New England Journal of Medicine Study Reveals Efficacy of Hands-Only CPR

An article published Wednesday in the New England Journal of Medicine has shed new light on the effectiveness of hands-only CPR. A hot topic in the media sparks the question; why change the protocol for what has seemed to work fine for years?

The thought process behind the NEJM study was to encourage more bystanders to aid in the resuscitation of another person when mouth-to-mouth breathing isn’t necessary. A study of 1941 patients included in the study revealed “No significant difference between the two groups in the proportion of patients who survived to hospital discharge…” (Thomas D. Rea, M.D. et al.) The article proceeds to state “The results support a strategy for CPR performed by laypersons that emphasizes chest compressions and minimizes the role of rescue breathing.”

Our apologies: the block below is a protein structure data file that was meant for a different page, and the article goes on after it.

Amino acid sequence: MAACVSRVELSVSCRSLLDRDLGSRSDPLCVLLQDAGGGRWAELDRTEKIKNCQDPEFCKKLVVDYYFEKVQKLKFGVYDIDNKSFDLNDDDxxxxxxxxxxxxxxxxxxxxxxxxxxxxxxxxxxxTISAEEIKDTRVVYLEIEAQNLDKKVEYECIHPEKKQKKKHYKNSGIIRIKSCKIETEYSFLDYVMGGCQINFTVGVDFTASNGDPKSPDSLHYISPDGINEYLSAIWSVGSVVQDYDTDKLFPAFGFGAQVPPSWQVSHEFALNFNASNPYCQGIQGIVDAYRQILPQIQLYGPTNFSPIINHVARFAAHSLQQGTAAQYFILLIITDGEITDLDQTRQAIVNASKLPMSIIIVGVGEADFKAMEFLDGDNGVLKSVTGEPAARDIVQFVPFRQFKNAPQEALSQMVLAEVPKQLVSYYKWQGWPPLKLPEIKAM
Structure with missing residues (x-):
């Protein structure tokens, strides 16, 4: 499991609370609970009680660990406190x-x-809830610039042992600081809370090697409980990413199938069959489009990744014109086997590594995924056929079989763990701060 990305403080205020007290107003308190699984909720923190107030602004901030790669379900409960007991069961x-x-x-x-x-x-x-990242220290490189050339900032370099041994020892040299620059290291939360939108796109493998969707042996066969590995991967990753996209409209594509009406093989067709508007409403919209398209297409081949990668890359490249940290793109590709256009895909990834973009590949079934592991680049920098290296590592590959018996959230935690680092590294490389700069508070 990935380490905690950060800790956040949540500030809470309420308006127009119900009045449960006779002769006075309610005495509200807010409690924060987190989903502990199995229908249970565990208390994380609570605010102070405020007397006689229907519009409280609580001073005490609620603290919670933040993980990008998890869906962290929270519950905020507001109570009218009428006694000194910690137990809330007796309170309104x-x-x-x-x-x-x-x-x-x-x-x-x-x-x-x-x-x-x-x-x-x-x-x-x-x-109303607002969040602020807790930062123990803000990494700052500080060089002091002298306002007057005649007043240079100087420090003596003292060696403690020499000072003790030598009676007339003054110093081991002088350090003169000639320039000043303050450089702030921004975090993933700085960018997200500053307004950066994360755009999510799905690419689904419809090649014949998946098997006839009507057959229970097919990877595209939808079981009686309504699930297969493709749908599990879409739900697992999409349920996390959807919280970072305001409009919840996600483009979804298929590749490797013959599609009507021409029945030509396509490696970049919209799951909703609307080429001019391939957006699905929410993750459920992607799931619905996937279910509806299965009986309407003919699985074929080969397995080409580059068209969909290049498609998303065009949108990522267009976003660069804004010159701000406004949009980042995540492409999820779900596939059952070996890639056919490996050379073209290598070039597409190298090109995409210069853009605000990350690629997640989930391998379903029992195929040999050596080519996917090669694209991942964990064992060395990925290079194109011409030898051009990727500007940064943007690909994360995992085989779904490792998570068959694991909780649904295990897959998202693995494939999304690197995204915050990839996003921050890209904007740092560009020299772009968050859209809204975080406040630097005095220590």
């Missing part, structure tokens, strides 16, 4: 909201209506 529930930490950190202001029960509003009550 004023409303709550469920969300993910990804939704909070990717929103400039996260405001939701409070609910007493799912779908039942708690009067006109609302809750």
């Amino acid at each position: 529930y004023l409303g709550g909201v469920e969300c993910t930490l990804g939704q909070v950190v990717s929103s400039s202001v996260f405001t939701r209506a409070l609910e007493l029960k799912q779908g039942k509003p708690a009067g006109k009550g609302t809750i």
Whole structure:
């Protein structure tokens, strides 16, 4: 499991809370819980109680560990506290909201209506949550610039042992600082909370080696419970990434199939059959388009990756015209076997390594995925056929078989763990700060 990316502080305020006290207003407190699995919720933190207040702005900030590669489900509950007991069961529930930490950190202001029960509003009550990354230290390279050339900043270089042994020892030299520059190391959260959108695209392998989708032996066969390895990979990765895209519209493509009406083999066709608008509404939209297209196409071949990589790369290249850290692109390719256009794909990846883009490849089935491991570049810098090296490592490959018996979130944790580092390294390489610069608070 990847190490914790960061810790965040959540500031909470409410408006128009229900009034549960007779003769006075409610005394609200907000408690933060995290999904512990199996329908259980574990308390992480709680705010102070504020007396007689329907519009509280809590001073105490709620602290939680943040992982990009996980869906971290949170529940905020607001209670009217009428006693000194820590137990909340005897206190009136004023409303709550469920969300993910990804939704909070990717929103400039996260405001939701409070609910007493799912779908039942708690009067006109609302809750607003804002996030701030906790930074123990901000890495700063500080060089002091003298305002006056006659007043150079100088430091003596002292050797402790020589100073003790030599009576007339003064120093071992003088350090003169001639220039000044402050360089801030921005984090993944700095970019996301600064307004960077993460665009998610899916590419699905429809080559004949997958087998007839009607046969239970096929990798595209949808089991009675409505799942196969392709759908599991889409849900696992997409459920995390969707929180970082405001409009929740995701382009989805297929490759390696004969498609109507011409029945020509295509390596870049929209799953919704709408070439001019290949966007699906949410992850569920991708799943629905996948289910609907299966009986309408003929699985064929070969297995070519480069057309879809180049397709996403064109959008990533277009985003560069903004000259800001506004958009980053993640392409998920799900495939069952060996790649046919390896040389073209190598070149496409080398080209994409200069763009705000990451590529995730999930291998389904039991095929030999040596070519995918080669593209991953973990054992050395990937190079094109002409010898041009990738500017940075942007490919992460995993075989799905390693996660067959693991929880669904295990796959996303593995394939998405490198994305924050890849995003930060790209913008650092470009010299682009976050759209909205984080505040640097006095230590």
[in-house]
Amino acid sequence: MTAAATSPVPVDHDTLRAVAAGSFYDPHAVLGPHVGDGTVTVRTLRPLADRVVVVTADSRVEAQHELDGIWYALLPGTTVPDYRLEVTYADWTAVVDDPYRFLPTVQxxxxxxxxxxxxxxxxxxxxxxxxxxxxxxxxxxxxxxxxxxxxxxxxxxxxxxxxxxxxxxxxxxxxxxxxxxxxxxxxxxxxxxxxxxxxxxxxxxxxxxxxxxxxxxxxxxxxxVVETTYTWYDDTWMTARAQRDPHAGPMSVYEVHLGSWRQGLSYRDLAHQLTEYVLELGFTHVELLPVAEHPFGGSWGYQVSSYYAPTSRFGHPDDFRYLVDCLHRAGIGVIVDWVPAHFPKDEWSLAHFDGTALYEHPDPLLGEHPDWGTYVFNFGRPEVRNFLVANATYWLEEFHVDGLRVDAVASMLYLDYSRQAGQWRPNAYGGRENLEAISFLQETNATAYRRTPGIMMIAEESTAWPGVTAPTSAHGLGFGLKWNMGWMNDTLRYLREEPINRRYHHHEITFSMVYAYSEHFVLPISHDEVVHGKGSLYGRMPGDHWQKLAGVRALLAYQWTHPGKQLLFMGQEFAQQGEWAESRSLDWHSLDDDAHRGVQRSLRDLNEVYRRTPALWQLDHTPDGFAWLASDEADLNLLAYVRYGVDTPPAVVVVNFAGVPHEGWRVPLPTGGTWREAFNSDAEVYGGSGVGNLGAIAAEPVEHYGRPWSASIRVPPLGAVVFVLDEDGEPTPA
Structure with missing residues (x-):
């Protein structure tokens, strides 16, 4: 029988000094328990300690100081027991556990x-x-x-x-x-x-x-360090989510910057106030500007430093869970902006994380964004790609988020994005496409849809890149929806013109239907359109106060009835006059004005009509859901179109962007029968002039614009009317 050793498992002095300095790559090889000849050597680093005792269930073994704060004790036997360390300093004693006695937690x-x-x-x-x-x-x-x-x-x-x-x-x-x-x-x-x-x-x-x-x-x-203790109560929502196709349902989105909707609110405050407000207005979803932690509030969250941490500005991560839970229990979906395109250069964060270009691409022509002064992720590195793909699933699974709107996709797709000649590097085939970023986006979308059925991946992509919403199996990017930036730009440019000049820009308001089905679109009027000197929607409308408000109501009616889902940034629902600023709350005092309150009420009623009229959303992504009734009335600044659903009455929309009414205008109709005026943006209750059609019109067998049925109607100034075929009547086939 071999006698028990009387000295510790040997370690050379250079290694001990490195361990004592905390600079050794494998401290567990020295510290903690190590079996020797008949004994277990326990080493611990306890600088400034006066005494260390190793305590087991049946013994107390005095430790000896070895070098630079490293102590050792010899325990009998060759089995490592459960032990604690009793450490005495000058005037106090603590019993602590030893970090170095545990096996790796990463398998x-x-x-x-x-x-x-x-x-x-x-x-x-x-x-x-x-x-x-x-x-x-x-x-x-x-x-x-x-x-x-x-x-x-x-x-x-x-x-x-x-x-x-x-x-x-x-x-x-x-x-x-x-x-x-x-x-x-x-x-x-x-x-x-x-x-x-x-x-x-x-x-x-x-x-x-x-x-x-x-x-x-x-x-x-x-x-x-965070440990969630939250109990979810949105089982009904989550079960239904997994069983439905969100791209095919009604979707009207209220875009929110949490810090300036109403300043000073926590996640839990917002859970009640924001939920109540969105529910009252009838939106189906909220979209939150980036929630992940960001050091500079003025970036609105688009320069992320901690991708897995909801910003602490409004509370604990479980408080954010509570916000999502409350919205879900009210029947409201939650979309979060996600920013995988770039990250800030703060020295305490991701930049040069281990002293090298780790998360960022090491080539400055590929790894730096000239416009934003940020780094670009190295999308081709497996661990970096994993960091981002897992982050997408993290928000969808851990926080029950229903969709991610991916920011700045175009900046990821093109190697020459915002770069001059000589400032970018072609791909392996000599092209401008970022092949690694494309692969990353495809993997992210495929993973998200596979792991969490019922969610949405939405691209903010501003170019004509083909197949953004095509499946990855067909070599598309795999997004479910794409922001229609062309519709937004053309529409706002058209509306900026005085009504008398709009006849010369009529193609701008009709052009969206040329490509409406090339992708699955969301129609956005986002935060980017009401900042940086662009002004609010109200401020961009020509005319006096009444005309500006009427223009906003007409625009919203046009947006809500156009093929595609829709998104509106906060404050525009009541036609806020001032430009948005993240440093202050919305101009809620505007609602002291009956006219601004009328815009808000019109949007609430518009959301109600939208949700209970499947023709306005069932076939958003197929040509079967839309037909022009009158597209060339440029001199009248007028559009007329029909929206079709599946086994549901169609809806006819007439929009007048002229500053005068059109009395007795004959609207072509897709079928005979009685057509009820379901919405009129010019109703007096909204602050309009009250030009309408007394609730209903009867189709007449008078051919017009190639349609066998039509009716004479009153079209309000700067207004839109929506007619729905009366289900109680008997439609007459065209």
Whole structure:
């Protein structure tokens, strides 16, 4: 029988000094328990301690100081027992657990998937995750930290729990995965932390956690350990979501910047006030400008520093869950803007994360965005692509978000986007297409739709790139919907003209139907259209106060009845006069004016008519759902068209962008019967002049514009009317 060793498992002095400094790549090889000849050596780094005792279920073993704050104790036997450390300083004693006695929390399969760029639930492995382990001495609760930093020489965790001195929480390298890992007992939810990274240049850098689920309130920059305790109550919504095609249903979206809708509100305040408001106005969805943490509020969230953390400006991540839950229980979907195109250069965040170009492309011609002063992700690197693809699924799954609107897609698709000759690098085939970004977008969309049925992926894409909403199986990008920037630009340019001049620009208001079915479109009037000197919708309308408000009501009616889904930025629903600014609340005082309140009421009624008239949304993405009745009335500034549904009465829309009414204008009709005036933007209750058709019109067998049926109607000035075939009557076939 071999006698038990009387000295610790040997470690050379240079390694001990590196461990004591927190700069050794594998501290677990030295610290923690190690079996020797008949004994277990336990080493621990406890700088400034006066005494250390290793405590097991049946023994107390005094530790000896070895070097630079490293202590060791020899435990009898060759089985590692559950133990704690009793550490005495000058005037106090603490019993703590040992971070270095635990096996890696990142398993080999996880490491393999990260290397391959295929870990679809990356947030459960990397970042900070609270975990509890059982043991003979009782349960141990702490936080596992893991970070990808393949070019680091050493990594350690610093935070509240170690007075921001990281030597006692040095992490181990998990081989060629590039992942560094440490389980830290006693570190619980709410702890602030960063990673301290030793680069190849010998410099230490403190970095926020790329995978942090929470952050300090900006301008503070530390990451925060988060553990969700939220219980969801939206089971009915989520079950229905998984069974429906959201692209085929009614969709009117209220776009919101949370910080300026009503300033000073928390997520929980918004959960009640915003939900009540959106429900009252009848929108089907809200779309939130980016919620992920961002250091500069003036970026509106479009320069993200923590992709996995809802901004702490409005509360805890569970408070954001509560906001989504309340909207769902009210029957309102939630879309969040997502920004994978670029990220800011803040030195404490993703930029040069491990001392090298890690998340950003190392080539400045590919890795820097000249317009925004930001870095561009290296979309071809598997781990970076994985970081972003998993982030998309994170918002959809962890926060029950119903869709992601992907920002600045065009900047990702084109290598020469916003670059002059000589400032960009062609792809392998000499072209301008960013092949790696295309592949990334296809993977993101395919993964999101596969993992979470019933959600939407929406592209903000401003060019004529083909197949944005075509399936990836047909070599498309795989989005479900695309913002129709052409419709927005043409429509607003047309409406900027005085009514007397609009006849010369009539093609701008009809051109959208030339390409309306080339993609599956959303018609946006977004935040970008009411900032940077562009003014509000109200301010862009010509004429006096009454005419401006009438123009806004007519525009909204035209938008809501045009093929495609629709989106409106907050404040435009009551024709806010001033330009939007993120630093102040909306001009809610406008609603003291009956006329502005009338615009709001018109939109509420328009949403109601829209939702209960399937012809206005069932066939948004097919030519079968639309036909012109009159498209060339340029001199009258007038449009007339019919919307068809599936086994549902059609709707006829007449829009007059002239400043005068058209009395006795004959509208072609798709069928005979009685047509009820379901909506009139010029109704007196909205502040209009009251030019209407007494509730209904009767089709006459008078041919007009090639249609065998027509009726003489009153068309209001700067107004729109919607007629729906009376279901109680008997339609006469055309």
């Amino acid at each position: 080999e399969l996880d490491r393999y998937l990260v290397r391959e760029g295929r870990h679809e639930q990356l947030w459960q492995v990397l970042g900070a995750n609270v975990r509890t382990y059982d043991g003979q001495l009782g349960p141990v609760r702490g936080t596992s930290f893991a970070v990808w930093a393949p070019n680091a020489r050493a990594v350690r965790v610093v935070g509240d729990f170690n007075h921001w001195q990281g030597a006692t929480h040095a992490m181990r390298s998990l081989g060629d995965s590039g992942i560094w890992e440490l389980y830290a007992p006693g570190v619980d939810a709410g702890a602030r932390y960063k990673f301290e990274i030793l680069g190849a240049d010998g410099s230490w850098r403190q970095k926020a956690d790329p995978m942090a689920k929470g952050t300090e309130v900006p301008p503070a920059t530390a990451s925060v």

According to the CNN Health article, Hands-only CPR as effective as traditions, studies show, the American Red Cross issued a statement stating that “[compressions without mouth-to-mouth resuscitation] is an acceptable alternative for those who are unwilling, or not trained to perform full CPR.”

Regardless of the abovementioned discoveries, it’s always recommended that parents, employees and caregivers learn how to properly provide CPR and other first aid care in case of an emergency. The American Red Cross website features a zip code search function for locating a Red Cross Course in your area.

Click the following title to read the abstract for the New England Journal of Medicine Article, titled CPR with Chest Compressions Alone or with Rescue Breathing. Subscription required for viewing the full-text article.

Disclaimer: Tamarack Habilitation Technologies, Inc. does not endorse or recommend any particular treatment protocol mentioned above. Contact your local Red Cross Provider to learn more about proper CPR, AED and first aid training.

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